Cognitive Health – the ability to clearly think, learn, and remember- is an important component of performing every day activities. Cognitive health is just one aspect of overall brain health.
What is Brain Health?
Brain health refers to how well a person’s brain functions across several areas. Aspects of brain health include:
Cognitive Function – how well you think, learn, and remember.
Motor Function – how well you make and control movements, including balance.
Emotional Function – how well you interpret and respond to emotions (both pleasant and unpleasant)
Tactile Function – how well you feel and respond to sensation of touch – including pressure, pain, and temperature
Brain health can be affected by age related changes in the brain, injuries (such as a stroke or traumatic brain injury), mood disorders (such as depression), substance use disorder or addiction, and diseases such as Alzheimer’s. While some factors affecting brain health cannot be changed, there are many lifestyle changes that might make a difference.
A growing body of scientific researched suggests that the following steps are linked to cognitive health. Small changes may really add up; Making this part of your routine could help you function better.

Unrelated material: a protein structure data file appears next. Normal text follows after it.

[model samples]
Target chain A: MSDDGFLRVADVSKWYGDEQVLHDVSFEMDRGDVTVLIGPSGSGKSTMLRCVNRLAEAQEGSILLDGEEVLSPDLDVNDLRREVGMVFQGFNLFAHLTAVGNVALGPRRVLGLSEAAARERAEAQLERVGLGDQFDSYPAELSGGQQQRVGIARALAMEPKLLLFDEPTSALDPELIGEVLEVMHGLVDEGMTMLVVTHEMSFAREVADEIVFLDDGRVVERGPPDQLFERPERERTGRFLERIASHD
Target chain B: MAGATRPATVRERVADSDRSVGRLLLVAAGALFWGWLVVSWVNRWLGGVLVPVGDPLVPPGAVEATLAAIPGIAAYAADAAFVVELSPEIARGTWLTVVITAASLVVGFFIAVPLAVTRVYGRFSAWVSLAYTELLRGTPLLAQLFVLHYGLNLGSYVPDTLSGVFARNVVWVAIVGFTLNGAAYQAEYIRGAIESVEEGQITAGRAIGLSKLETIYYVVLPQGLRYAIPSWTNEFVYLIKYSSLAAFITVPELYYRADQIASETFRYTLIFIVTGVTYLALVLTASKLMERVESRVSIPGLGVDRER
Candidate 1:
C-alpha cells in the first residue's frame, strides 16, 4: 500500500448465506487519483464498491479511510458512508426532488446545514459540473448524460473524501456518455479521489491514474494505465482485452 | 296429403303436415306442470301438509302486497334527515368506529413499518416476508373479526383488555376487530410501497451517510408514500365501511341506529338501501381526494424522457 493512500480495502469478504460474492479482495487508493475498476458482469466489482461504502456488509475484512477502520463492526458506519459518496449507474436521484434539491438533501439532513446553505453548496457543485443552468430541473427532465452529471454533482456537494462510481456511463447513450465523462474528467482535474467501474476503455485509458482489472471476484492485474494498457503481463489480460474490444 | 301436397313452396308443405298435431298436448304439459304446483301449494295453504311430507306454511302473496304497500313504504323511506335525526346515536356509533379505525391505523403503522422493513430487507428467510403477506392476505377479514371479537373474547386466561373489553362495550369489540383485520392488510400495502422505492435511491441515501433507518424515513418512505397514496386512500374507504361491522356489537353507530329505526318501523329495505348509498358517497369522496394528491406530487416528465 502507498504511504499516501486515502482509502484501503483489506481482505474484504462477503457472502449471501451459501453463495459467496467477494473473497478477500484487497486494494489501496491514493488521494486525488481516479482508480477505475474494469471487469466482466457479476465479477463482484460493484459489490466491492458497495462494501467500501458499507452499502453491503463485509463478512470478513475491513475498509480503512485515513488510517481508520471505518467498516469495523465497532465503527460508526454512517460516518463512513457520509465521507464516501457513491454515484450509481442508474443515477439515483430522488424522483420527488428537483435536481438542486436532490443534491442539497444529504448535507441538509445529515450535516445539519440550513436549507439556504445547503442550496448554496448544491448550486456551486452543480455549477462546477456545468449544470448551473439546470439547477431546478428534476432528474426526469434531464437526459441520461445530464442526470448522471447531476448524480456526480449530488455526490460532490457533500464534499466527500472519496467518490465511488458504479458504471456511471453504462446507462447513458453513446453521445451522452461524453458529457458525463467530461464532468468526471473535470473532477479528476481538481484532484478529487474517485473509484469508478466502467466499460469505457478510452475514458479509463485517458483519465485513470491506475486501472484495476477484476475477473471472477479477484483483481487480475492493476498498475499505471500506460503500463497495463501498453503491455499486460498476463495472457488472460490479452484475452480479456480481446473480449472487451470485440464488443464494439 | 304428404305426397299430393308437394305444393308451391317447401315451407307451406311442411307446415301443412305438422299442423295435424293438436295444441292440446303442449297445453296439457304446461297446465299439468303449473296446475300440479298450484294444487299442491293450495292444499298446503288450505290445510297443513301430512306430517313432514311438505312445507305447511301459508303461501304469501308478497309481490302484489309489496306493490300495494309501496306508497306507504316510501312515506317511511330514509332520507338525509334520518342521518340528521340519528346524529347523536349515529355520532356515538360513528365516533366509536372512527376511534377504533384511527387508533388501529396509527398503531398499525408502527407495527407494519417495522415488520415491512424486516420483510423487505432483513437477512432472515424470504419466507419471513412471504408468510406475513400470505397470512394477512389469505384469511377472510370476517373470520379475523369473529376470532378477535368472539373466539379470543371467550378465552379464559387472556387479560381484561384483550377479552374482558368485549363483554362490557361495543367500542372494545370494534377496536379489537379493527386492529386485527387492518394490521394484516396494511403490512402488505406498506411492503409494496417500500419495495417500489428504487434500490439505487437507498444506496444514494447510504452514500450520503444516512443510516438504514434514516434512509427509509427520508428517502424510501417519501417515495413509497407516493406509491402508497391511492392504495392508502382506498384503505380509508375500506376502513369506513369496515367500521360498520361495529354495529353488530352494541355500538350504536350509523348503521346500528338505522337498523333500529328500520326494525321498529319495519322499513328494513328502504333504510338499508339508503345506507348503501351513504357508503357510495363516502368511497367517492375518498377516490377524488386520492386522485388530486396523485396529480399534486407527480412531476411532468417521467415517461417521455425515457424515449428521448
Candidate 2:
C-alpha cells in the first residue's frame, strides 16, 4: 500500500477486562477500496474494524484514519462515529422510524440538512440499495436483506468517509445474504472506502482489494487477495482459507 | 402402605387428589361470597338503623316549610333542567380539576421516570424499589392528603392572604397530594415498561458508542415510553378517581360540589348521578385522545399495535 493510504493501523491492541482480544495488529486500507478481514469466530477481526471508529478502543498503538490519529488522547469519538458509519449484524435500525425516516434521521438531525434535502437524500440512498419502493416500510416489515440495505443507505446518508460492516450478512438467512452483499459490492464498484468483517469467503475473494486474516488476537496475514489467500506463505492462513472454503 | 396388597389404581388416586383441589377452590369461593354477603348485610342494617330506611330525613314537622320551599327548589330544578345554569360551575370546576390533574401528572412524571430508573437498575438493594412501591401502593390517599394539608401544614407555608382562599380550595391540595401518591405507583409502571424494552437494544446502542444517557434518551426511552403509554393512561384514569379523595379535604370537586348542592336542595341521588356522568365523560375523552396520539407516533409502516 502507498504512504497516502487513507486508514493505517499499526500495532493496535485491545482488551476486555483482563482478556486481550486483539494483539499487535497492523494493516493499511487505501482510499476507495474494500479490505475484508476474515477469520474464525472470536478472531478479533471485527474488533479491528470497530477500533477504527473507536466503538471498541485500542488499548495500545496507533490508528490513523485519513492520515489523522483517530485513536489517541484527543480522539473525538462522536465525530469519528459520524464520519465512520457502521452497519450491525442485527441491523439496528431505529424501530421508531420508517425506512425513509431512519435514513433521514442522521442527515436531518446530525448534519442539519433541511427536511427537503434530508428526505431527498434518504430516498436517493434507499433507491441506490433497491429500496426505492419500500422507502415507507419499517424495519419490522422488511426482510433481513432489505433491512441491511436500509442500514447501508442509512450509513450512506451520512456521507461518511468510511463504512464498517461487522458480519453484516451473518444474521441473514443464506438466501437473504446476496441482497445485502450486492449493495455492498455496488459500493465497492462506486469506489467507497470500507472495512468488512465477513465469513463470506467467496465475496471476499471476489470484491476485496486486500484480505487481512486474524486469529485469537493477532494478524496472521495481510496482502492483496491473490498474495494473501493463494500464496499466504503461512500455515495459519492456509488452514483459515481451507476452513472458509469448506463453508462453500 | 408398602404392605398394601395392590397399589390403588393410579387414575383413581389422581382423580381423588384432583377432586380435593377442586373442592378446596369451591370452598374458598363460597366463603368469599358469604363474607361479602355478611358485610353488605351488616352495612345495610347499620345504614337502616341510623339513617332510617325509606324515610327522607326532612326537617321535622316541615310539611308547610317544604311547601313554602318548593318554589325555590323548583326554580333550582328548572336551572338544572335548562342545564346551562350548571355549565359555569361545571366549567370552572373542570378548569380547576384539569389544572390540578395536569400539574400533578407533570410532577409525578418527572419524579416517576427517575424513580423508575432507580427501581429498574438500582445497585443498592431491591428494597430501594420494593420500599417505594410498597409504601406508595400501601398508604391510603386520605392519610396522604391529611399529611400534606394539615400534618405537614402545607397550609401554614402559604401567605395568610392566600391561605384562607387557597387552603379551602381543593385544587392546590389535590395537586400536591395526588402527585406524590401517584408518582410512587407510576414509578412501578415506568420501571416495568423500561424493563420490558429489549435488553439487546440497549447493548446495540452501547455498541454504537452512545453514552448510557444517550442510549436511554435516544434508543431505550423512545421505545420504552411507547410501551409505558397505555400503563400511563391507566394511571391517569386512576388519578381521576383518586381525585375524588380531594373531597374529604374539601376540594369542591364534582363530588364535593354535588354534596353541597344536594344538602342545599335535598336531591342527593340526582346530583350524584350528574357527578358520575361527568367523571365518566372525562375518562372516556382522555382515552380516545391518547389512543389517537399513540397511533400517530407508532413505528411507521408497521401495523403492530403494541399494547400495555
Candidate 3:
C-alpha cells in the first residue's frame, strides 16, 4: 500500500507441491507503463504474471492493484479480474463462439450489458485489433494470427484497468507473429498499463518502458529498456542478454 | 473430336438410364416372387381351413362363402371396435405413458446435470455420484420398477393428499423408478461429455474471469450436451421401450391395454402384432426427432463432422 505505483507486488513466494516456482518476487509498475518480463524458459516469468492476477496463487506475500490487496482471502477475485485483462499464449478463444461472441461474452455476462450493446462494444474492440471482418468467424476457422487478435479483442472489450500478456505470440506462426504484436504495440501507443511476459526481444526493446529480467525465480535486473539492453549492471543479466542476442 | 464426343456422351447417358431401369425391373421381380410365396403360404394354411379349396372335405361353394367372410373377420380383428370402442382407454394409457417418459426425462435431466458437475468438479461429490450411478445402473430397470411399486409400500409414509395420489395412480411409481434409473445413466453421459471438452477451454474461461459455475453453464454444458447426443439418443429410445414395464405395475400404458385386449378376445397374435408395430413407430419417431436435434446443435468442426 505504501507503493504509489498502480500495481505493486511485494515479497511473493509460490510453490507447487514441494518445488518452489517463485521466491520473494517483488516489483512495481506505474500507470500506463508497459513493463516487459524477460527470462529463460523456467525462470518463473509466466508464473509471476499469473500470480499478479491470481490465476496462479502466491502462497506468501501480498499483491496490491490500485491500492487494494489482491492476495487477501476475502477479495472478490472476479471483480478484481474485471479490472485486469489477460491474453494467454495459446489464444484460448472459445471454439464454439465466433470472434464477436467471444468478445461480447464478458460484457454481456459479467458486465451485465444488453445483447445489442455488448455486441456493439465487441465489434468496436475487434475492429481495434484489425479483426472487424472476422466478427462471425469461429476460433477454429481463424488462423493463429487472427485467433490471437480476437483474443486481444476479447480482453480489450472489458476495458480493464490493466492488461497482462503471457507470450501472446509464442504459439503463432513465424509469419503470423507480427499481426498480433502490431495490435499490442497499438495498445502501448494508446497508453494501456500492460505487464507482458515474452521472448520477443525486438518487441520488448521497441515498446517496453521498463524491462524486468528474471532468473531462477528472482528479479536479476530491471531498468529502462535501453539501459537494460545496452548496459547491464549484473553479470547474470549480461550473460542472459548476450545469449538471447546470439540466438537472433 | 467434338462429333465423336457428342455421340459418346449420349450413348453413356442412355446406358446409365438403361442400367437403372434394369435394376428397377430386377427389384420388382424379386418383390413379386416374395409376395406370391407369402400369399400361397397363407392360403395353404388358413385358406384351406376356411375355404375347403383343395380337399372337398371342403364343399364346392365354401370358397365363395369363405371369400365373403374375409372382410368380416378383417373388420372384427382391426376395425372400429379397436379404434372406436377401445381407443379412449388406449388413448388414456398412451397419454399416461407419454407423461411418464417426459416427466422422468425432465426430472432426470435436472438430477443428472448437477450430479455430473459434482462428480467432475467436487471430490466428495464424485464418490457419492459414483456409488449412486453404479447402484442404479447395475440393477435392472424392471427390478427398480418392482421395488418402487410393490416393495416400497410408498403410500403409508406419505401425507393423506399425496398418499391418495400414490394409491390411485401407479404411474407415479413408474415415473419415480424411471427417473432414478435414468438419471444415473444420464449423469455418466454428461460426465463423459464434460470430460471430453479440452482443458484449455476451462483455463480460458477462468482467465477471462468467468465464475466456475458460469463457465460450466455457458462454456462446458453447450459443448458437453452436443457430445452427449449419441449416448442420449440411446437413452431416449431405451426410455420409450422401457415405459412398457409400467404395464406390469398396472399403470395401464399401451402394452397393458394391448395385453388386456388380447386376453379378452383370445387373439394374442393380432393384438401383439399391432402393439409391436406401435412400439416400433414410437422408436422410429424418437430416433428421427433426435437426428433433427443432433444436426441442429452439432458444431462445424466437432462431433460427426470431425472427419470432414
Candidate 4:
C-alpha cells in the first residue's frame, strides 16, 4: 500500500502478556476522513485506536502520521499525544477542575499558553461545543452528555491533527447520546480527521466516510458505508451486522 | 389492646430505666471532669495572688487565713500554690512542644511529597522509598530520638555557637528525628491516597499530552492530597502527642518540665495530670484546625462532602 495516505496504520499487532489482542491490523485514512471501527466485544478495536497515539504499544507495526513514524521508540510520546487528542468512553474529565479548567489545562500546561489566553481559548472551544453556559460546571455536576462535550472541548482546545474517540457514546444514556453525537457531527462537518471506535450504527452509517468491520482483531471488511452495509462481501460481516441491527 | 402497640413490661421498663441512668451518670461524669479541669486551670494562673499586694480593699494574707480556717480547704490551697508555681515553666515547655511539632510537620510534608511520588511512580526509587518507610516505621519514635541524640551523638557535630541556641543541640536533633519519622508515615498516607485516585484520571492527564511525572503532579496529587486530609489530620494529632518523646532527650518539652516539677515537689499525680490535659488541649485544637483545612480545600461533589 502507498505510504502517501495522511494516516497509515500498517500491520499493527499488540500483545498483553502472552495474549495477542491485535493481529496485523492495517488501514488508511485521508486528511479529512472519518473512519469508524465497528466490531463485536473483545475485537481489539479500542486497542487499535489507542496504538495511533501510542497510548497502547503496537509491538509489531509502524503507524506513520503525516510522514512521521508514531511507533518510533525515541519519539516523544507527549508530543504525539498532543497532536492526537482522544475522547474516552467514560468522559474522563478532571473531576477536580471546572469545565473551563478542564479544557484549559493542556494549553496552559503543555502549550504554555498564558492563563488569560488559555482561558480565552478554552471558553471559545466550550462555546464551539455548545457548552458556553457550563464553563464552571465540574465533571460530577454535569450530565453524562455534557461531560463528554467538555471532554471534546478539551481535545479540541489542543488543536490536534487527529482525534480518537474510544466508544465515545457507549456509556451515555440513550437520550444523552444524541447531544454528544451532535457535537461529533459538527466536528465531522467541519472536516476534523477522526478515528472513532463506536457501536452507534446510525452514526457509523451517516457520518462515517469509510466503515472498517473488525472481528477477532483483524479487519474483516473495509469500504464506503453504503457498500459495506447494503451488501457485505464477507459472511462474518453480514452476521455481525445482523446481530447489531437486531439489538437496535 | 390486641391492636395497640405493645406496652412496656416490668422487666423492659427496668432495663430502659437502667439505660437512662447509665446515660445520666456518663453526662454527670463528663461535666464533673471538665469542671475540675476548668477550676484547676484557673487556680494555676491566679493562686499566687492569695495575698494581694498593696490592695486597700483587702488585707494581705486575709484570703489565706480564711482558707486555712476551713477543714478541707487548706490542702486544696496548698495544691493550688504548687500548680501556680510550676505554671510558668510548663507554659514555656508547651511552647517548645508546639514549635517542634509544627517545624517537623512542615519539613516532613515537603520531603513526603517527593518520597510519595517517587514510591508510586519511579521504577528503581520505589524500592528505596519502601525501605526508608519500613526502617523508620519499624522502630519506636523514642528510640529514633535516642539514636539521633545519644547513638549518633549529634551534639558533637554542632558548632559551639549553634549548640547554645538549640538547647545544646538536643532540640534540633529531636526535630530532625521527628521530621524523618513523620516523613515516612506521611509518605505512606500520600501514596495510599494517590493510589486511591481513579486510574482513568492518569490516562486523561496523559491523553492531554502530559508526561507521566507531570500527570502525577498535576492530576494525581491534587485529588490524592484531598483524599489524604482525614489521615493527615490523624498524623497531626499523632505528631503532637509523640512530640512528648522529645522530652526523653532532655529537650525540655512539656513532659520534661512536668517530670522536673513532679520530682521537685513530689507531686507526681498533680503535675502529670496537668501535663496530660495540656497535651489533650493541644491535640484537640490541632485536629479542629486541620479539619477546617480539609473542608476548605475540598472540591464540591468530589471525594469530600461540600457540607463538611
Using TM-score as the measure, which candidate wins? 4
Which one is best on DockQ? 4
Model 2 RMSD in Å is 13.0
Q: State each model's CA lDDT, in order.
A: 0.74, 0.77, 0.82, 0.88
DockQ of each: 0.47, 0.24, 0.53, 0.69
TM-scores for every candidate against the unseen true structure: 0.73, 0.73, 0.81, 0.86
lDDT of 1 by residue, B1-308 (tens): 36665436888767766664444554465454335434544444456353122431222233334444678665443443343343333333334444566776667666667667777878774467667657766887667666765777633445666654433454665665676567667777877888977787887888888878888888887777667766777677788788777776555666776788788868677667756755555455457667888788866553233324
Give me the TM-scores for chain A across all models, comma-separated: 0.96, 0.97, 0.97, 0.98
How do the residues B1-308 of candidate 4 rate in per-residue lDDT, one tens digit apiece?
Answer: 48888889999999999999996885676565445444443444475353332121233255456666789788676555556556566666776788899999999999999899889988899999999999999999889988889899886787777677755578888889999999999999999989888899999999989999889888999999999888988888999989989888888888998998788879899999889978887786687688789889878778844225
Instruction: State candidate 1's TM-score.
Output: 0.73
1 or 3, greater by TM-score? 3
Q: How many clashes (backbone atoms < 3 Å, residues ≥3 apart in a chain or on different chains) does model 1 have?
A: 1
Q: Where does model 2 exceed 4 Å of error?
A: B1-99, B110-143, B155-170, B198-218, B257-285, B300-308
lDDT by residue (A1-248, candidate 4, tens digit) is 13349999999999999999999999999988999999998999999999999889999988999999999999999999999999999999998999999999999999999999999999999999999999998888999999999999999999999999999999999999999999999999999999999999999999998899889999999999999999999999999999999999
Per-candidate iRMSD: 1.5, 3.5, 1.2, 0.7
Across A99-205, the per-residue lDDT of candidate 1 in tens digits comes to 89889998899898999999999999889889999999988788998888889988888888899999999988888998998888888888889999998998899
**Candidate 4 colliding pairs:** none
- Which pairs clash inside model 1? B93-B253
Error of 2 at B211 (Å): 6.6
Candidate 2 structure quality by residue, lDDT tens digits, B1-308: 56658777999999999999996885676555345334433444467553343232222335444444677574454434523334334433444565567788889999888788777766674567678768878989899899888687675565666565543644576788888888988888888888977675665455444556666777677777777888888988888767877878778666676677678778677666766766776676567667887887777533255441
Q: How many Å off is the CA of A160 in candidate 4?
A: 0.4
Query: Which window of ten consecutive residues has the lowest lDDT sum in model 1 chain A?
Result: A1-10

Research shows that a combination of these healthy lifestyle behaviors may also reduce the risk for Alzheimer’s disease.
Take Care of Your Physical Health
Taking care of your physical health may help your cognitive health. You can:
Visit any critical care unit, children’s hospital, or other specialty inpatient facility, and you’ll find a common feature: therapy dogs. For decades, healthcare practitioners have understood the surprisingly positive effects on patients of time spend with cute and cuddly dogs.
Doctors are in increasingly short supply these days, so it’s not uncommon for patients to spend more time with physician assistants (PAs) and nurse practitioners (NPs) than their actual MD. This trend has sparked controversy among physicians and patients alike.